Are the does able to find enough food for them and their babies to thrive? Are the bucks able to find enough calories to replenish energy spent during the rut to see them through the truly lean months of January and February? That’s when temperatures can plummet to -30 Celsius or below, and snow depth can measure in feet instead of inches. From a shelter perspective, thick brush provides cover from predators while dry sloughs and heavy canopied old growth provide shelter from wind and snow. Predation is a major concern during the winter months, as well. High wolf or coyote populations will negatively impact deer numbers as these predators pick off does and fawns, as well as bucks weakened by little forage in the cold heart of winter. Needless to say, predator control ranks highly in Manitoba, so every Whitetail tag sold also allows a hunter to bag a wolf or coyote. Make sure to ask an outfitter about this bonus opportunity when planning your hunt.
Comes the Spring
When spring hits deer are feeding on leafy greens and spring vegetation. In the search for nutrients, Whitetail home ranges increase and does begin to give birth to their fawns. Seasoned outfitters know how important it is to keep a close eye on herds occupying their hunting areas. These tiny fawns are a strong indicator of the health of deer populations, because in good years, many does will give birth to twins. In lean years where predation is heavy and food is scarce, does will often birth a single fawn. Outfitters will continue to keep a close eye on deer movements and population throughout the late summer and into autumn as hunting season inches closer. While outfitters have an intimate understanding of herds on their land, Whitetails are still wild, so hunting can still be a challenge with a mature deer a major accomplishment.
Whitetail hunting in Manitoba is always an adventure. It’s exciting, challenging, and while deer populations are always in flux, the reason why so many world-class bucks are taken every season throughout the province boils down to one thing: The hunt itself.
Here, you can expect to hunt from dark until dark. The key to Manitoba monster bucks is to hunt hard, hunt long, and hunt frequently. Outfitters do their level best to dial in when deer are going to appear at their stands. However, deer movements change regularly and in fact can change daily. It all depends on everything from moon phases, to predation, to simply changing their feeding patterns.
Manitoba offers incredibly diverse Whitetail hunting experiences. From Canadian Shield and old-growth forest in the east to endless tracts of farmland and grain-fed monsters in the west, Manitoba is home to numerous geographically distinct regions, all supporting their own signature Whitetail hunting experiences.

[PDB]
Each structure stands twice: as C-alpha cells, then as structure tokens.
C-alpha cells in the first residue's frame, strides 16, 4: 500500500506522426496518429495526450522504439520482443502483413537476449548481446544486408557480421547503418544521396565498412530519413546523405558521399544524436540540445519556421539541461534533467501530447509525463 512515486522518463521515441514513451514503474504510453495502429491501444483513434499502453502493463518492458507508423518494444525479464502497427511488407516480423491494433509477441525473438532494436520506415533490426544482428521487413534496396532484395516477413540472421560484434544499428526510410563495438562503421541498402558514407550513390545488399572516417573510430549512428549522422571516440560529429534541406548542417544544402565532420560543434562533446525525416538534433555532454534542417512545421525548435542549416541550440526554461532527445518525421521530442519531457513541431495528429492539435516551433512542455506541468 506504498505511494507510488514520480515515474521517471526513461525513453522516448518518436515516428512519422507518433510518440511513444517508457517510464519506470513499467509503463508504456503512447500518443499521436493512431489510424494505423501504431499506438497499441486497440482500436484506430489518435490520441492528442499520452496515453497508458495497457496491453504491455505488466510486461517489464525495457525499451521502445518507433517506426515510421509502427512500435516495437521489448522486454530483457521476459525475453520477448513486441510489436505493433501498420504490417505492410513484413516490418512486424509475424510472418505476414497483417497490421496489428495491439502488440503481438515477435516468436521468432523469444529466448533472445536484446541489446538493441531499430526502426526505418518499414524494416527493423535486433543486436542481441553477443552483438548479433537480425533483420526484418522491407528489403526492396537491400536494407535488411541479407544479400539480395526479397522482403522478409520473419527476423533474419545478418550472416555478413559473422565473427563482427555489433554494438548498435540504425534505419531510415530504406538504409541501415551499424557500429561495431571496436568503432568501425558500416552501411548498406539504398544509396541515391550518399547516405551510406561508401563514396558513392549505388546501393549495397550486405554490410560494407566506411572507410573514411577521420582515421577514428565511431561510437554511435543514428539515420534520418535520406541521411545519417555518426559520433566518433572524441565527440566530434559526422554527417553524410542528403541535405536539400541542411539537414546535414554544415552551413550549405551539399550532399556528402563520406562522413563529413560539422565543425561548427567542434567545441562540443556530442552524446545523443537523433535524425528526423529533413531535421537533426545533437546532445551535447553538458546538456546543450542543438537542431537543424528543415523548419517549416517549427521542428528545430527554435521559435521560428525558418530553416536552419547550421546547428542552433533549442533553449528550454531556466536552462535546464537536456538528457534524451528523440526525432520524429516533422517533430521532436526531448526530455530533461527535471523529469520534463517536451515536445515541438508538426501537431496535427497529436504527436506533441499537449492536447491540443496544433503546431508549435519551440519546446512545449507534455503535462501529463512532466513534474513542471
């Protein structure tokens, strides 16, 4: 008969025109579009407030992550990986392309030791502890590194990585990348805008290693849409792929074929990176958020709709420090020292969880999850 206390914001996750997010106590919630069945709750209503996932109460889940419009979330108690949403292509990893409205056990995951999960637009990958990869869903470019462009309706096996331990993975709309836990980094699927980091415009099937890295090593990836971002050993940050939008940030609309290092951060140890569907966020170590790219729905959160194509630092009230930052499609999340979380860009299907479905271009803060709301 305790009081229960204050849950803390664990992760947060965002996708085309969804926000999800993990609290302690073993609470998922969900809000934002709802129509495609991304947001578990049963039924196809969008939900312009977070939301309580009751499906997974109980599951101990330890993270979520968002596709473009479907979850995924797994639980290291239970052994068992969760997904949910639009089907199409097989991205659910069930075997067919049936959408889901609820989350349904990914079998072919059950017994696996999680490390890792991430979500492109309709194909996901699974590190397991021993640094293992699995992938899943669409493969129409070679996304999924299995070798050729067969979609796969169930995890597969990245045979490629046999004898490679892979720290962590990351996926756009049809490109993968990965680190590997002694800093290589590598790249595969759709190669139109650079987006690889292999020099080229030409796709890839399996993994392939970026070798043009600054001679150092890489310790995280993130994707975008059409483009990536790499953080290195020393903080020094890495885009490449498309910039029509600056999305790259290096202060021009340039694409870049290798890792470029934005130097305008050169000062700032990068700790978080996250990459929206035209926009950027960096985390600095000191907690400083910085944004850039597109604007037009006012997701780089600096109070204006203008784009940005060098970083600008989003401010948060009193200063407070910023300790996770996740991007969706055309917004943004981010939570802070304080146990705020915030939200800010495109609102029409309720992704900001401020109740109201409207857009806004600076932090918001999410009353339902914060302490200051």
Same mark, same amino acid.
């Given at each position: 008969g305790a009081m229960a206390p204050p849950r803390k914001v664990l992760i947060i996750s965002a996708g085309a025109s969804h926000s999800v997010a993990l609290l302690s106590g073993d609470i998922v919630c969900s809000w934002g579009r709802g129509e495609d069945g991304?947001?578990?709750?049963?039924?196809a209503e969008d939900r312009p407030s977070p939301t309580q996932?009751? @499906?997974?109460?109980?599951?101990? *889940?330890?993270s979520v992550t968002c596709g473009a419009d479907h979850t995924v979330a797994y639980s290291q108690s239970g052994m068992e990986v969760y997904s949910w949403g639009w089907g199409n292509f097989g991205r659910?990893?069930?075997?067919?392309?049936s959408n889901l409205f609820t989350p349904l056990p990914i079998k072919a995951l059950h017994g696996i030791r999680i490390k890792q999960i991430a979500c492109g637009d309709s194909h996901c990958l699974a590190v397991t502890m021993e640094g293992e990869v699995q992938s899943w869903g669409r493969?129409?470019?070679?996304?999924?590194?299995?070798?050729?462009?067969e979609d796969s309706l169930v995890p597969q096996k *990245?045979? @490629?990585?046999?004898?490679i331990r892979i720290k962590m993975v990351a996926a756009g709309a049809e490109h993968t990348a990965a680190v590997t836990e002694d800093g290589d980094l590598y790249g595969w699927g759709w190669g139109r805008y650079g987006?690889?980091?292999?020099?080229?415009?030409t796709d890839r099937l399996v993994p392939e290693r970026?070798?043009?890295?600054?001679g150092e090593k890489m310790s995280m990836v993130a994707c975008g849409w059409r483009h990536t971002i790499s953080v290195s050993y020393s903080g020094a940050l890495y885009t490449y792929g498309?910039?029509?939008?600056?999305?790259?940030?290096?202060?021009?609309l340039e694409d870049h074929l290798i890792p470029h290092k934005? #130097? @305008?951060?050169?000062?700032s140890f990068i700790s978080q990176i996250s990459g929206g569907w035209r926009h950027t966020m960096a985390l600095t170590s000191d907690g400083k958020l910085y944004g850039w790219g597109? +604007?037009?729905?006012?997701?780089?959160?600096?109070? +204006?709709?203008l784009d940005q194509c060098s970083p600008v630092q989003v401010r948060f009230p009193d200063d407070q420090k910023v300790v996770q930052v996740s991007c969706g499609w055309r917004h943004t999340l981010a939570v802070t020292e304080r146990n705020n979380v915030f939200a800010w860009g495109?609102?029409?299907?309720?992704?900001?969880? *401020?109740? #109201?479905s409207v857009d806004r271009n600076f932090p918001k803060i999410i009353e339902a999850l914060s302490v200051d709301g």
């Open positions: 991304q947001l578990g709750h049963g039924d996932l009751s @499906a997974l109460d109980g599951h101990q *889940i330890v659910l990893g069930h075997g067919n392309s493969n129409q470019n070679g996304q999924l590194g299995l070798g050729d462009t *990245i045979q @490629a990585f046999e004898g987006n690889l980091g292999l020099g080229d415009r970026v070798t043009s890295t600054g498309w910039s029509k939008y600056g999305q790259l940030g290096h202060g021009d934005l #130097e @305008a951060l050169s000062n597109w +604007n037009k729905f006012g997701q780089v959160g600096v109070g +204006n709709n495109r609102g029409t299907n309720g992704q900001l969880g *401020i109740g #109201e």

Parkland Region – The Duck Mountains boast some of the highest peaks in Manitoba, including Mt. Baldy, Manitoba’s highest mountain. Home to a diverse mix of woodlands, rolling meadows, and wetlands, hunters will find themselves surrounded by spruce, tamarack, fir, Jack pine, aspen, poplar and birch fields. It’s not unusual to come across elk, moose and black bear as well as deer. Expanses of farmland butt up against boreal forest, and this provides deer with fantastic cover and plentiful forage year-round.
The Interlake – Arguably the heart of Manitoba, the Interlake Region rests between Lake Manitoba and Lake Winnipeg. This area has farmland, mixed woodlands, marshes, and massive water bodies, all creating a diverse Whitetail hunting environment. Poplar and aspen stands are ubiquitous here, so it’s not uncommon to hunt from a ground blind nestled in a stand of poplars on the edge of farmland. The thick cover and hectares of undisturbed terrain so close to crop land give deer excellent cover and consistent feed.
Western Region – In the southwestern part of the province, nestled against Riding Mountain National Park and sitting atop the Manitoba Escarpment, this heavily forested area holds three different ecosystems, creating numerous hunting opportunities. Grasslands collide with upland boreal and eastern deciduous forests, all of which offer prime habitat for massive Whitetails. Hunters will experience a mix of dense brush and open, rolling meadows where hunting can consist of tree stands set deep in a birch stand or a ground blind set on the edge of a meadow overlooking prime Whitetail habitat.